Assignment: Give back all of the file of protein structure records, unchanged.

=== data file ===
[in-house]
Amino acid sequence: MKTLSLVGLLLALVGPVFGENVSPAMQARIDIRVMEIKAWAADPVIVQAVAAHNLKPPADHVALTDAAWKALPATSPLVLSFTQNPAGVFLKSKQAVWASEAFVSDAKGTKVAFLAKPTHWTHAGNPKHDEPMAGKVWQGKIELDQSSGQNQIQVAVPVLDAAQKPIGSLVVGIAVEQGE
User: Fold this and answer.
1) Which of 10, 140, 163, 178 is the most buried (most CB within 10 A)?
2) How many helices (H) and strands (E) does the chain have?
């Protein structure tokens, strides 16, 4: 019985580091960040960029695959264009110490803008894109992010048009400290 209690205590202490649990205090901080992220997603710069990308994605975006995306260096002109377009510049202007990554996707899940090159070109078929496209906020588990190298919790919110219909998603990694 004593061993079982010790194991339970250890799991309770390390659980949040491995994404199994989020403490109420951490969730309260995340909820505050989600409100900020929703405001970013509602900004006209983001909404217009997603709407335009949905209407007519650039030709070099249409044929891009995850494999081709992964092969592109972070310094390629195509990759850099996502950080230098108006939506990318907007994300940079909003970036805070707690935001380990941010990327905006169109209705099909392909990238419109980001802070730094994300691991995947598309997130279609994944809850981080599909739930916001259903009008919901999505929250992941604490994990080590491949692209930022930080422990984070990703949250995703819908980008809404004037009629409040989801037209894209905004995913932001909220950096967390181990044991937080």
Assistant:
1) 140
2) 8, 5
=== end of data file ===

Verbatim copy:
[in-house]
Amino acid sequence: MKTLSLVGLLLALVGPVFGENVSPAMQARIDIRVMEIKAWAADPVIVQAVAAHNLKPPADHVALTDAAWKALPATSPLVLSFTQNPAGVFLKSKQAVWASEAFVSDAKGTKVAFLAKPTHWTHAGNPKHDEPMAGKVWQGKIELDQSSGQNQIQVAVPVLDAAQKPIGSLVVGIAVEQGE
User: Fold this and answer.
1) Which of 10, 140, 163, 178 is the most buried (most CB within 10 A)?
2) How many helices (H) and strands (E) does the chain have?
């Protein structure tokens, strides 16, 4: 019985580091960040960029695959264009110490803008894109992010048009400290 209690205590202490649990205090901080992220997603710069990308994605975006995306260096002109377009510049202007990554996707899940090159070109078929496209906020588990190298919790919110219909998603990694 004593061993079982010790194991339970250890799991309770390390659980949040491995994404199994989020403490109420951490969730309260995340909820505050989600409100900020929703405001970013509602900004006209983001909404217009997603709407335009949905209407007519650039030709070099249409044929891009995850494999081709992964092969592109972070310094390629195509990759850099996502950080230098108006939506990318907007994300940079909003970036805070707690935001380990941010990327905006169109209705099909392909990238419109980001802070730094994300691991995947598309997130279609994944809850981080599909739930916001259903009008919901999505929250992941604490994990080590491949692209930022930080422990984070990703949250995703819908980008809404004037009629409040989801037209894209905004995913932001909220950096967390181990044991937080």
Assistant:
1) 140
2) 8, 5